Early pandemic use of face masks in Papua New Guinea under a mask mandate

Authors

  • Mark Raphael Papua New Guinea Institute of Medical Research, Goroka, Eastern Highland Province, Papua New Guinea
  • Angela Kelly-Hanku Papua New Guinea Institute of Medical Research, Goroka, Eastern Highland Province, Papua New Guinea; Papua New Guinea Institute of Medical Research, Goroka, Eastern Highland Province, Papua New Guinea
  • David Heslop School of Public Health and Community Medicine, University of New South Wales, Sydney, New South Wales, Australia
  • Danielle Hutchinson Biosecurity Program, Kirby Institute, University of New South Wales, Sydney, New South Wales, Australia
  • Mohana Kunasekaran Biosecurity Program, Kirby Institute, University of New South Wales, Sydney, New South Wales, Australia
  • Ashley Quigley Biosecurity Program, Kirby Institute, University of New South Wales, Sydney, New South Wales, Australia
  • Raina MacIntyre Biosecurity Program, Kirby Institute, University of New South Wales, Sydney, New South Wales, Australia; School of Public Affairs, College of Public Service and Community Solutions, Arizona State University, AZ, United States of America

DOI:

https://doi.org/10.5365/wpsar.2023.14.1.998

Keywords:

masks, SARS-CoV-2, COVID-19 pandemic, risk factors, data analysis, public health surveillance, Papua New Guinea

Abstract

Objective: During the COVID-19 pandemic, face mask wearing was mandated in Port Moresby in July 2020, but compliance was observed to be low. We aimed to determine the frequency of face mask wearing by the general public in Papua New Guinea under the mask mandate.

Methods: To estimate compliance with the mandate, we analysed photographs of people gathering in Port Moresby published between 29 September and 29 October 2020. Photo-epidemiology was performed on the 40 photographs that met pre-defined selection criteria for inclusion in our study.

Results: Among the total of 445 fully visible photographed faces, 53 (11.9%) were observed wearing a face mask over mouth and nose. Complete non-compliance (no faces wearing masks) was observed in 19 (4.3%) photographs. Physical distancing was observed in 10% of the 40 photographs. Mask compliance in indoor settings (16.4%) was higher than that observed in outdoor settings (9.8%), and this difference was statistically significant (P <0.05). Mask compliance was observed in 8.9% of large-sized gatherings (>30 people), 12.7% of medium-sized gatherings (11–30 people) and 25.0% of small-sized gatherings (4–10 people; photographs with <4 people were excluded from analysis).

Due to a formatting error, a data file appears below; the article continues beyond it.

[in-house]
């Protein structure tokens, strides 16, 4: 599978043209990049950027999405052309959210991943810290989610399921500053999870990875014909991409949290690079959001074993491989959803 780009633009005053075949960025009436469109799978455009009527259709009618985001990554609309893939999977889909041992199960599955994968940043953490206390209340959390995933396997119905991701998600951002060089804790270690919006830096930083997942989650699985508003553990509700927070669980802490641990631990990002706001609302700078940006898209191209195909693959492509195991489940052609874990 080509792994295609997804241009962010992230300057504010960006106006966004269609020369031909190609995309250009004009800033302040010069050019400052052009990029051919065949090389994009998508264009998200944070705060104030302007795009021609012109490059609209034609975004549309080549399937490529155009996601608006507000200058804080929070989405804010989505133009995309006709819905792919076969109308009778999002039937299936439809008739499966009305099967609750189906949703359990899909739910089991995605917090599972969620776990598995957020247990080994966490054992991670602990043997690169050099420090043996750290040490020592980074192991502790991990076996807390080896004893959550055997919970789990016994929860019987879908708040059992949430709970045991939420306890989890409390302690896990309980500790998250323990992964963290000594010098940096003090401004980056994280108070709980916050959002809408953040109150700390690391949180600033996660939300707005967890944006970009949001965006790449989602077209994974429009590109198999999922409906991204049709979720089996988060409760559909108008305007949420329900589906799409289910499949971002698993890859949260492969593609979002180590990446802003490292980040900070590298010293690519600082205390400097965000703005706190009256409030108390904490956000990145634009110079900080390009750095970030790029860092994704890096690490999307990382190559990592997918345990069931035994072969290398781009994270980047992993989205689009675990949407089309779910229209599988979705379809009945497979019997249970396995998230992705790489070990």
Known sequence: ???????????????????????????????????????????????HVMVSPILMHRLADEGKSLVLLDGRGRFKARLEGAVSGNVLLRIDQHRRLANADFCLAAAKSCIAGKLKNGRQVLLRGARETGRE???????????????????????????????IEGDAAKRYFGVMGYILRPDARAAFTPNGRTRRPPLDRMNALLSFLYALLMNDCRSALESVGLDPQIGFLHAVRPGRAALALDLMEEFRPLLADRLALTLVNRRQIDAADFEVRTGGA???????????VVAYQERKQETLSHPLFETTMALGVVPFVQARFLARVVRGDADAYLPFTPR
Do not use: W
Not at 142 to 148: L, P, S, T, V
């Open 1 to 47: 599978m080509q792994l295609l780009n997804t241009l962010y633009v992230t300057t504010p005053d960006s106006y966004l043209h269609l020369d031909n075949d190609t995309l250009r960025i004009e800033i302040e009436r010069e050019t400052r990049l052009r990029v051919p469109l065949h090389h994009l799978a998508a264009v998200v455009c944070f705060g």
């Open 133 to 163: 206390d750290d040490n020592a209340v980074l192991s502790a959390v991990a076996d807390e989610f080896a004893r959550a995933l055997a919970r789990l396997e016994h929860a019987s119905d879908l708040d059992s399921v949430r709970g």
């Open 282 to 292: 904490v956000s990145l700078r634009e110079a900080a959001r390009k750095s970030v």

Discussion: We found very low population compliance with face mask mandates in Papua New Guinea during the pre-vaccine pandemic period. Individuals without face coverings and non-compliant with physical distancing guidelines are considered to be in a high-risk category for COVID-19 transmission particularly in medium- and large-sized gatherings. A new strategy to enforce public health mandates is required and should be clearly promoted to the public.

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Published

28-03-2023

How to Cite

1.
Raphael M, Kelly-Hanku A, Heslop D, Hutchinson D, Kunasekaran M, Quigley A, MacIntyre R. Early pandemic use of face masks in Papua New Guinea under a mask mandate. Western Pac Surveill Response J [Internet]. 2023 Mar. 28 [cited 2024 Apr. 20];14(1):6. Available from: https://ojs.wpro.who.int/ojs/index.php/wpsar/article/view/998

Issue

Section

COVID-19: Original Research

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